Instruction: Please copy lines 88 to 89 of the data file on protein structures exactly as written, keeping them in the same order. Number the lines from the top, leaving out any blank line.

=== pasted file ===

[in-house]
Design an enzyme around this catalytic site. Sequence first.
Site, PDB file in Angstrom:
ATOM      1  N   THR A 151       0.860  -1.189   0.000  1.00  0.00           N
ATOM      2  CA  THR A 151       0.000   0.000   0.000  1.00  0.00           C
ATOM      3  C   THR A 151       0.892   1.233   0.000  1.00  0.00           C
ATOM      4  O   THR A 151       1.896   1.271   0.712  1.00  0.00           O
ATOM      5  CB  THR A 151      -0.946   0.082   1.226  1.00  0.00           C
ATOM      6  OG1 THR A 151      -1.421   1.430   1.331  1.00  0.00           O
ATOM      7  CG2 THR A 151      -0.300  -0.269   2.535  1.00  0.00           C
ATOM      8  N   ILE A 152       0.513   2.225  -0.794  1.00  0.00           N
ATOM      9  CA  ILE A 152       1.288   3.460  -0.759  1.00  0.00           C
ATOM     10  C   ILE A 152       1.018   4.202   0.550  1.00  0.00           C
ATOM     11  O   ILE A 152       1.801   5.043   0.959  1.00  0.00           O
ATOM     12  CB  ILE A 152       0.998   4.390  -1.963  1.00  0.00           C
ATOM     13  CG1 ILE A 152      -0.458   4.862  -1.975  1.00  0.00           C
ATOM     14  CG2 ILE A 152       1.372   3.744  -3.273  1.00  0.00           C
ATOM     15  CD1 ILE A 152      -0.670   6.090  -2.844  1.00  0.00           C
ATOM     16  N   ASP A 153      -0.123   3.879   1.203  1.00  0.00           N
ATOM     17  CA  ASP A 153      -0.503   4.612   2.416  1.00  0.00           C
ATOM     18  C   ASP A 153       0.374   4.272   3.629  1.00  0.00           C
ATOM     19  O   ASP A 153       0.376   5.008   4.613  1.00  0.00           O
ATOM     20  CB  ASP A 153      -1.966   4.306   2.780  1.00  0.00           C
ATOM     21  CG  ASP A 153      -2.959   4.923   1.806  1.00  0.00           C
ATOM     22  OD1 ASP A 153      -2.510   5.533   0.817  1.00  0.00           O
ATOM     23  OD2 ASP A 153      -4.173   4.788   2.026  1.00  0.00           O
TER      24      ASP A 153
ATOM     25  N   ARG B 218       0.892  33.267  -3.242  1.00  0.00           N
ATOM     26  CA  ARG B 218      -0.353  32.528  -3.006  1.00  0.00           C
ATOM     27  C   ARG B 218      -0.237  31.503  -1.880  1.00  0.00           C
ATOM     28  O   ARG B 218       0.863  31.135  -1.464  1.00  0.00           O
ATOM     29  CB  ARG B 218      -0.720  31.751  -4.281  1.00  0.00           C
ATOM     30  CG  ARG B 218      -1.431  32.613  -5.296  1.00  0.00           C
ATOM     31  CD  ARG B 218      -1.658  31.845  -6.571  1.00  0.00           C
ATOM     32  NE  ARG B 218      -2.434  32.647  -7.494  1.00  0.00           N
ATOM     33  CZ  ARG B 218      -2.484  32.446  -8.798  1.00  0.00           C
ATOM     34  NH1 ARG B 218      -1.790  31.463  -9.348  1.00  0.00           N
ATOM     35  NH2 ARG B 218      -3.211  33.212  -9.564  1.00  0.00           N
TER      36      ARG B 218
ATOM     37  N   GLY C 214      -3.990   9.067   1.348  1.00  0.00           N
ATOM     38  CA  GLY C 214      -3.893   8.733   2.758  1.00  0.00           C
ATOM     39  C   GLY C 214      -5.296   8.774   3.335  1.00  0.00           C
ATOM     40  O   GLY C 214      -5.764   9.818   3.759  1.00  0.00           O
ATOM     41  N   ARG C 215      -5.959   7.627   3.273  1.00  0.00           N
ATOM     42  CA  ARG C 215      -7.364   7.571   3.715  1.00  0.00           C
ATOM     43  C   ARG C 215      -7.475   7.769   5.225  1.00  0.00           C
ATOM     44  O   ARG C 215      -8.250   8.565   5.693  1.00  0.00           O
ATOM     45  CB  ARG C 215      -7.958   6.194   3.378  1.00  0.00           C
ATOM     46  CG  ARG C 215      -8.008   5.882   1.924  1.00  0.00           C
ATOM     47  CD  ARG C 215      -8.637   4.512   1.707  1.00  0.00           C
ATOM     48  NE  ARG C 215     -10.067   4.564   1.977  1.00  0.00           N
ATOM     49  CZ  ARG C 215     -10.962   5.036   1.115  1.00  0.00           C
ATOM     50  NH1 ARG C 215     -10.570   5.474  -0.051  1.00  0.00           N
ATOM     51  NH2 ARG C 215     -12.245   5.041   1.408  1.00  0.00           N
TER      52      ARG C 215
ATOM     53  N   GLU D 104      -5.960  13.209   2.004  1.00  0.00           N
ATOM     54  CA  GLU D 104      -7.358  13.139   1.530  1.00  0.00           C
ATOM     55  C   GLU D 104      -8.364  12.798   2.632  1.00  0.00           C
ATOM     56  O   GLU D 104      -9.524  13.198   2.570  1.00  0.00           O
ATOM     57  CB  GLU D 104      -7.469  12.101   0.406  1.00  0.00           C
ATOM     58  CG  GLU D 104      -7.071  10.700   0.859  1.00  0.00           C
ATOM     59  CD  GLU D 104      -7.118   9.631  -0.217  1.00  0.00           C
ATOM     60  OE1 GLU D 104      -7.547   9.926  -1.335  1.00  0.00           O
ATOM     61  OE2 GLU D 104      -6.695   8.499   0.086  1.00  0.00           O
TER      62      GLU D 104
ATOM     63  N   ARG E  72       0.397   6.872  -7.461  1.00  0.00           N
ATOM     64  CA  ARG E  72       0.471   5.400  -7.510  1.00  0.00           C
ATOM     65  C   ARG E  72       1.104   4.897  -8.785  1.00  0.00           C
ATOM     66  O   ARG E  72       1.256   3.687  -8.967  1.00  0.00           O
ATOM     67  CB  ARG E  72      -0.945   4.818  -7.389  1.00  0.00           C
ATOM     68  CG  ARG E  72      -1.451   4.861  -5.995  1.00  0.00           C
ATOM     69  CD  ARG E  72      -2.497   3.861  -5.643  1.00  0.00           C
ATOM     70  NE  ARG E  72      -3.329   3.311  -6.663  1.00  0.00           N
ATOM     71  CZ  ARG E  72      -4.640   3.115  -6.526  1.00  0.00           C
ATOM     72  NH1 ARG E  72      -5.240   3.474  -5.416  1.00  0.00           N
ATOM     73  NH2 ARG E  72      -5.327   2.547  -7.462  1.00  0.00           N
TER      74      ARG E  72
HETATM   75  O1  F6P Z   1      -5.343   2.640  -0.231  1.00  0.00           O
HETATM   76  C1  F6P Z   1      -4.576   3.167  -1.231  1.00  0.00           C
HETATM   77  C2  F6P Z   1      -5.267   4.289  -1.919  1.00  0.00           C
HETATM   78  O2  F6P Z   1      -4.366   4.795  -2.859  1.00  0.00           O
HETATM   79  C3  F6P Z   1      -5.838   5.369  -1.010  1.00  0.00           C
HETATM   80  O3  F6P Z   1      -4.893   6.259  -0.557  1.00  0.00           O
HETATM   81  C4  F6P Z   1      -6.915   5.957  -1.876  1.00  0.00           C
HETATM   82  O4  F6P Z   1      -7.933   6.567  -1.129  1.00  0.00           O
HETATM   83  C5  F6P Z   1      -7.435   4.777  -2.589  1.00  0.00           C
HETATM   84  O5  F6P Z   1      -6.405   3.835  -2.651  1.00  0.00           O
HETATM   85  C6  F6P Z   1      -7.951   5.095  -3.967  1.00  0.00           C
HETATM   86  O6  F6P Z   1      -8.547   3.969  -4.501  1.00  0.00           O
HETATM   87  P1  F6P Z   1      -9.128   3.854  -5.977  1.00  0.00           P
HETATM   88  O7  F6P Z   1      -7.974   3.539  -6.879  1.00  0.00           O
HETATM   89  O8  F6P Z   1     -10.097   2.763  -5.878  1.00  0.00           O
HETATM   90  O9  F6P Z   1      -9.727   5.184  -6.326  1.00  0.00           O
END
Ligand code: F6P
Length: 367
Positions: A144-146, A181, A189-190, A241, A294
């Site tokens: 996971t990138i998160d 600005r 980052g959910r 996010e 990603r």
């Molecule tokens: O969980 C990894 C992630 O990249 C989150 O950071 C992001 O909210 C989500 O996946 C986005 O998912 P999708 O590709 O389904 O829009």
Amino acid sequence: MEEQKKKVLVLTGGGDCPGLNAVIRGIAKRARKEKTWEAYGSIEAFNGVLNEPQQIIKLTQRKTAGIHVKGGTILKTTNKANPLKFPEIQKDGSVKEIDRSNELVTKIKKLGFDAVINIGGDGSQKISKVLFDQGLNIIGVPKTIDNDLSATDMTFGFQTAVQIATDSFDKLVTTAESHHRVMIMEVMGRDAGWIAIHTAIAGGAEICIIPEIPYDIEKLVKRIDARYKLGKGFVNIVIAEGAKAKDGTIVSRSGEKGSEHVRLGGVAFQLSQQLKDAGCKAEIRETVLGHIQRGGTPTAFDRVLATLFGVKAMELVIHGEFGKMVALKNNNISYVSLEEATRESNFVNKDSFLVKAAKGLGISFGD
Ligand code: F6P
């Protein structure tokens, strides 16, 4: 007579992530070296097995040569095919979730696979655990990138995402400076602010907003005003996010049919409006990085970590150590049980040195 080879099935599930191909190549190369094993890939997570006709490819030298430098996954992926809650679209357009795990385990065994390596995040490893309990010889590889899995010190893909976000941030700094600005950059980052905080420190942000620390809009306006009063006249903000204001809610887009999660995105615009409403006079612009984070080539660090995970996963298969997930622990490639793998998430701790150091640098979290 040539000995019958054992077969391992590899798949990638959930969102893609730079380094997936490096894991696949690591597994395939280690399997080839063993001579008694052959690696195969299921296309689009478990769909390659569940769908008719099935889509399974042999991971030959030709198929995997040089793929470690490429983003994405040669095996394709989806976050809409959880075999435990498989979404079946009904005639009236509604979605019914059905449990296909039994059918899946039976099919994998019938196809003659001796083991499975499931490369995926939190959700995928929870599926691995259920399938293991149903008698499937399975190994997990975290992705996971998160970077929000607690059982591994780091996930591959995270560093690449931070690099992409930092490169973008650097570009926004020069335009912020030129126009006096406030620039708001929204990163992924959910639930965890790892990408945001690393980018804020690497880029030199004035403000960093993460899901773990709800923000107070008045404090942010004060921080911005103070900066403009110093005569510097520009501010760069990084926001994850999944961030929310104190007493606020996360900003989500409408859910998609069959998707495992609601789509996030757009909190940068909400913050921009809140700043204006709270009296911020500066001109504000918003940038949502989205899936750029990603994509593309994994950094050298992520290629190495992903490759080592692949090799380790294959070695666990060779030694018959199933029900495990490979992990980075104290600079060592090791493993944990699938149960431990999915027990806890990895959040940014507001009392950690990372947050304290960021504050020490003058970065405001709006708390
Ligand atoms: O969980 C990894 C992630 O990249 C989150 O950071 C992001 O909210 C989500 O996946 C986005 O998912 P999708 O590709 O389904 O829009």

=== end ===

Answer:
HETATM   85  C6  F6P Z   1      -7.951   5.095  -3.967  1.00  0.00           C
HETATM   86  O6  F6P Z   1      -8.547   3.969  -4.501  1.00  0.00           O